The Arts and Crafts Movement was dominant in many areas of American design at the beginning of the 20th Century. Artists exalted the beauty of natural materials and handcraftsmanship. Simple and wide oak moldings, such as the examples in the period frame corner samples to the right, were popular for many framing uses. Building on the dictates laid down by Charles Eastlake decades earlier, frame artisans eschewed compo ornament and returned to the 18th Century practice of carving picture frames by hand.
Arts and Crafts frames were the choice of the early American Impressionists, like Childe Hassam, and a number of frame-making studios were formed to meet this demand. To further assert the role of the craftsman, studios carved their marks on the backs of the frames--Thulin, Harer, Carrig-Rohane--names that command high prices in today's market. The Foster Brothers Company worked out of Boston; their frames are renowned for expert carving and fine gilding. I feature a number of them in this website room. Others can be found in 20th Century Photo Frames and Mirror Frames.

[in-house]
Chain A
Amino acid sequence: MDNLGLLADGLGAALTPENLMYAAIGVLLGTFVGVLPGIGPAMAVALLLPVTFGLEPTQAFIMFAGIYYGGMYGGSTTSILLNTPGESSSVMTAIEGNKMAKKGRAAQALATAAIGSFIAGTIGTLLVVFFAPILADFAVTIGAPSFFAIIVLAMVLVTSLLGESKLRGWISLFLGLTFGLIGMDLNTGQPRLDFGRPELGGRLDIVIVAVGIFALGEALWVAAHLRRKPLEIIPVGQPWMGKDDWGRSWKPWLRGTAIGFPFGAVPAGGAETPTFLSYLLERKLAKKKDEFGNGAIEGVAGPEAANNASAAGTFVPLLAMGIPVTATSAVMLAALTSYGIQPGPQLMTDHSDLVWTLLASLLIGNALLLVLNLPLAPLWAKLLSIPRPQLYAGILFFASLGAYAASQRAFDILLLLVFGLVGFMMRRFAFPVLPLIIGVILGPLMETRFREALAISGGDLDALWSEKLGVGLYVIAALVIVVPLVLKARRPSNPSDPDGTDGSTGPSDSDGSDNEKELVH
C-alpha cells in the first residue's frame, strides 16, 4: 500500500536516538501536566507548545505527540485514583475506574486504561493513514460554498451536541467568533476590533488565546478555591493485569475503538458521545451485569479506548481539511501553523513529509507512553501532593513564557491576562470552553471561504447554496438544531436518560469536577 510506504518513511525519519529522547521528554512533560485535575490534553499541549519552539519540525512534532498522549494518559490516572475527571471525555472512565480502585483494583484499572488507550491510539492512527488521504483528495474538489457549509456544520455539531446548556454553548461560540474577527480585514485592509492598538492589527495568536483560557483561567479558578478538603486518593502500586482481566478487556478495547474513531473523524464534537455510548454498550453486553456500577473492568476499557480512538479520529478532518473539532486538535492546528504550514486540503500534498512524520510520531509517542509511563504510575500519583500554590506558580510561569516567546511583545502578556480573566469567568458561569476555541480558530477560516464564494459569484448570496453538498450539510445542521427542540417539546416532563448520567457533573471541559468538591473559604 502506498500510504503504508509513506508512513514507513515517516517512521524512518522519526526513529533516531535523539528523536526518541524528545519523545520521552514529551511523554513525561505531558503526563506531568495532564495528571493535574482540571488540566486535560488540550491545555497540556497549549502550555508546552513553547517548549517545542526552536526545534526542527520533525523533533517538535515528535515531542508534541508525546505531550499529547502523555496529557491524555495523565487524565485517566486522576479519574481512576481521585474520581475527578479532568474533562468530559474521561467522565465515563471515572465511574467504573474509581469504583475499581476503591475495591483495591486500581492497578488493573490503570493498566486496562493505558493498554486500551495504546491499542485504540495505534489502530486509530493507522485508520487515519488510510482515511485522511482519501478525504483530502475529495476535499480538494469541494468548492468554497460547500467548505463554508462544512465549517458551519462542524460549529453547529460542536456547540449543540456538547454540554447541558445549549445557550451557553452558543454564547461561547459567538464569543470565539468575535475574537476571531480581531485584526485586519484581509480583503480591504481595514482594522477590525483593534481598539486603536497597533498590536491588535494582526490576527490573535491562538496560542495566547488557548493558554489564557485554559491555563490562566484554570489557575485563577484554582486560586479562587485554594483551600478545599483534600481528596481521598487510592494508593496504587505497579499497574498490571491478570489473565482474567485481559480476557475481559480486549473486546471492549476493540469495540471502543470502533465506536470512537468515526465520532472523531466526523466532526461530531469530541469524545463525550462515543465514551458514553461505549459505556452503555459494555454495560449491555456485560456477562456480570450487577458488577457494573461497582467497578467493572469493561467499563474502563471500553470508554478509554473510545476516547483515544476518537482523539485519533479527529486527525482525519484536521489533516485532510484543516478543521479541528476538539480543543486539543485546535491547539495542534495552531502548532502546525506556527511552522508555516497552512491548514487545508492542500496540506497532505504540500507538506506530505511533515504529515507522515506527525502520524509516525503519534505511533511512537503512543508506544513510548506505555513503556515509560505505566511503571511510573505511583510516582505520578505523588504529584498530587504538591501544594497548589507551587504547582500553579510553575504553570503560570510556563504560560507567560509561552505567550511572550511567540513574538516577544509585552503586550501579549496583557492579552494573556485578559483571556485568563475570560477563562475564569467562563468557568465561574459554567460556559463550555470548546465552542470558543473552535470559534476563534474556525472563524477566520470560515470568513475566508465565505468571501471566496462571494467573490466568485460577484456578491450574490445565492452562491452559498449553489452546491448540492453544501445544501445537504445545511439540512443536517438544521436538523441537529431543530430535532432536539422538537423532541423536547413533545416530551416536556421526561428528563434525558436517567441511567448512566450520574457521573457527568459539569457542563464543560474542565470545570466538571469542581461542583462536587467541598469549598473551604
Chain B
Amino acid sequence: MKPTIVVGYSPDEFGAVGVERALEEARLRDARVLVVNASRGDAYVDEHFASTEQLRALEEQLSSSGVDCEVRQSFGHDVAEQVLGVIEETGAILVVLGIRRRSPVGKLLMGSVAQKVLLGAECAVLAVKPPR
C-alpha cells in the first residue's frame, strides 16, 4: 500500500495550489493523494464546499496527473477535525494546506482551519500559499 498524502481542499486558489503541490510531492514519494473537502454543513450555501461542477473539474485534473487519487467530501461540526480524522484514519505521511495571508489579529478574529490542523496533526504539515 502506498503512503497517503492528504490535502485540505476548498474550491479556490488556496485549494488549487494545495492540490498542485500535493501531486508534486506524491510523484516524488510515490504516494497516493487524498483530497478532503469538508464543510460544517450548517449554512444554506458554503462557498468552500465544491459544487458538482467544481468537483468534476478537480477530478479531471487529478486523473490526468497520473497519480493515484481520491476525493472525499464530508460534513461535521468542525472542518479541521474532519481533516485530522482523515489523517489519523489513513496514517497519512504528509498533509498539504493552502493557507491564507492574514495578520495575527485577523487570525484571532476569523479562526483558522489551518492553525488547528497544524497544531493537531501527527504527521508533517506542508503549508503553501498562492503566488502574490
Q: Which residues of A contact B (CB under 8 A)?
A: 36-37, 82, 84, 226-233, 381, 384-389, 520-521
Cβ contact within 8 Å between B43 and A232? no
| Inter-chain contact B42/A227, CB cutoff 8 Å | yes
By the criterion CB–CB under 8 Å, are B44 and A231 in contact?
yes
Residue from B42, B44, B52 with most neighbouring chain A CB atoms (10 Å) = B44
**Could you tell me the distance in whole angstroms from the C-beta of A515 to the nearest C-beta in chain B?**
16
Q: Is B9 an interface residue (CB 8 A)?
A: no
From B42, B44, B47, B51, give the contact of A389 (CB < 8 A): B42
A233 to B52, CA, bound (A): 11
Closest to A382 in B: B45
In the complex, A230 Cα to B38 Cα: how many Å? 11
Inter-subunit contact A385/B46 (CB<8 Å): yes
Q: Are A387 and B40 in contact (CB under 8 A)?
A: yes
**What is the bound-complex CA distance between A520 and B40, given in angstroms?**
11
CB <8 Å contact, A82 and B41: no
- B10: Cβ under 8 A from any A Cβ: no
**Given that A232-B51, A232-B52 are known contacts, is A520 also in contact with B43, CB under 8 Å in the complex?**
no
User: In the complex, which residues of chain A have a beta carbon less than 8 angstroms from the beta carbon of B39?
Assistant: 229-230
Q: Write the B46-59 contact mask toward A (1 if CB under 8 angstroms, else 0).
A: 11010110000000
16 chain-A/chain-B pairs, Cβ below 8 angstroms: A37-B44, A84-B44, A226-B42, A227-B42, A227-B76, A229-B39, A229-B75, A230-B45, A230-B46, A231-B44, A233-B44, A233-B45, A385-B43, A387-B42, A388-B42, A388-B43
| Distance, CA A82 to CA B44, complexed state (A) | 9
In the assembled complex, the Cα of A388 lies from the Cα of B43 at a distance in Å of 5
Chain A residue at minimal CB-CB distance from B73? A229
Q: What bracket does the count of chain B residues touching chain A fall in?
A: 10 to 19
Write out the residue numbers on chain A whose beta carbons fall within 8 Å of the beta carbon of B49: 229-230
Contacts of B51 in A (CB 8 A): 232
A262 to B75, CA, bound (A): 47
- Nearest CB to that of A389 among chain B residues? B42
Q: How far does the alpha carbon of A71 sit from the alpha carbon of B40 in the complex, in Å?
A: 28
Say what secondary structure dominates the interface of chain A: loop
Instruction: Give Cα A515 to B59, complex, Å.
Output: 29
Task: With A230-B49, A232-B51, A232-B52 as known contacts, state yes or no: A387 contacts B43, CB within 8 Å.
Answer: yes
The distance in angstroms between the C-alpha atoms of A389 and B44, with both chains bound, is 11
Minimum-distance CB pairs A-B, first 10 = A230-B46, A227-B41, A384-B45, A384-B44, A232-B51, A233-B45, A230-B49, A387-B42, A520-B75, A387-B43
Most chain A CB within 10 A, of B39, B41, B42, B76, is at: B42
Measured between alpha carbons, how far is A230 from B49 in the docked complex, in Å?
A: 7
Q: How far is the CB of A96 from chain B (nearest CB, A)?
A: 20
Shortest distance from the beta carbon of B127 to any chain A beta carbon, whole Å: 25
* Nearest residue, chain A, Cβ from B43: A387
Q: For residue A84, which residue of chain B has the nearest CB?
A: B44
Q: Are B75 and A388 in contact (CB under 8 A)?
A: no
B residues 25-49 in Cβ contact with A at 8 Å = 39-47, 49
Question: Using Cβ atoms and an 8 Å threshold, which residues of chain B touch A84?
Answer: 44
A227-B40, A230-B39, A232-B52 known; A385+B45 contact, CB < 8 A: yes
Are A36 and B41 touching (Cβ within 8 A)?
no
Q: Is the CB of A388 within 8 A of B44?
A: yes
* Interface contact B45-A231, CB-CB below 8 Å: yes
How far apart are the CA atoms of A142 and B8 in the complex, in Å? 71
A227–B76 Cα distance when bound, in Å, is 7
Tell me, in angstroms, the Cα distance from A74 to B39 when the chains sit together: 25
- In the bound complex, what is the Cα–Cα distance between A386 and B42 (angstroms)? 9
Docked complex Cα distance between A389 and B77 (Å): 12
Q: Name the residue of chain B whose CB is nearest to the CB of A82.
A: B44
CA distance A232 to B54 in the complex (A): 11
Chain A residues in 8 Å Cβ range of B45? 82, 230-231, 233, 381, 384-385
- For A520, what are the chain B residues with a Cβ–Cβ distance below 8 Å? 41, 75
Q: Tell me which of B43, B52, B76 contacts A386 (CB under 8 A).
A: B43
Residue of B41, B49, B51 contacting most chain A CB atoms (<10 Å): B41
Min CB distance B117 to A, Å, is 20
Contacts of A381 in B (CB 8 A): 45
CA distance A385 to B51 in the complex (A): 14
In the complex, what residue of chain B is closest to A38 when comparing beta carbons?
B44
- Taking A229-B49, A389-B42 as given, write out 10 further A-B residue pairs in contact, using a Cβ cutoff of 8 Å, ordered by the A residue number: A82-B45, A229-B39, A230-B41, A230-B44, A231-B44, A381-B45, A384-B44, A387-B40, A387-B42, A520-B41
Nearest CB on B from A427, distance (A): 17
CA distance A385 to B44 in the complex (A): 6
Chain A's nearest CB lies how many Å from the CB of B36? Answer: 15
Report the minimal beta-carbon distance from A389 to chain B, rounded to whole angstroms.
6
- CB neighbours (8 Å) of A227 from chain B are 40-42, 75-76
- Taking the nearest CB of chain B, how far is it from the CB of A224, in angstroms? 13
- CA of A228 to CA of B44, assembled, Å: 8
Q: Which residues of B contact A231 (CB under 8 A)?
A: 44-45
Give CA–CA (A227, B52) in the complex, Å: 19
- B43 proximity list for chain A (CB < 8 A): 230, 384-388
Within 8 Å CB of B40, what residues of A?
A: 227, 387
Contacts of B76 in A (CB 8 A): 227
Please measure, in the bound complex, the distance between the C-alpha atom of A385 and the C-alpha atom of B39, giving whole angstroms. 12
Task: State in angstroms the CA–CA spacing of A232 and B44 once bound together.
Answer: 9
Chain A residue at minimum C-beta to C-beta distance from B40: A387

Carved frames continued to be popular into the 1920's. Thereafter their quality deteriorated, and they are easily found, in all their variety, in markets today. The term "Modernist" denotes American painting frames from the 1940's and 1950's. The House of Heydenryk, a leader in creating bold and unique moldings in the Modernist era, is still alive and well today, one of the leading dealers in antique and reproduction frames. Although I do exhibit Modernist frames on this website, I do have access to an important source. If you are interested, please inquire.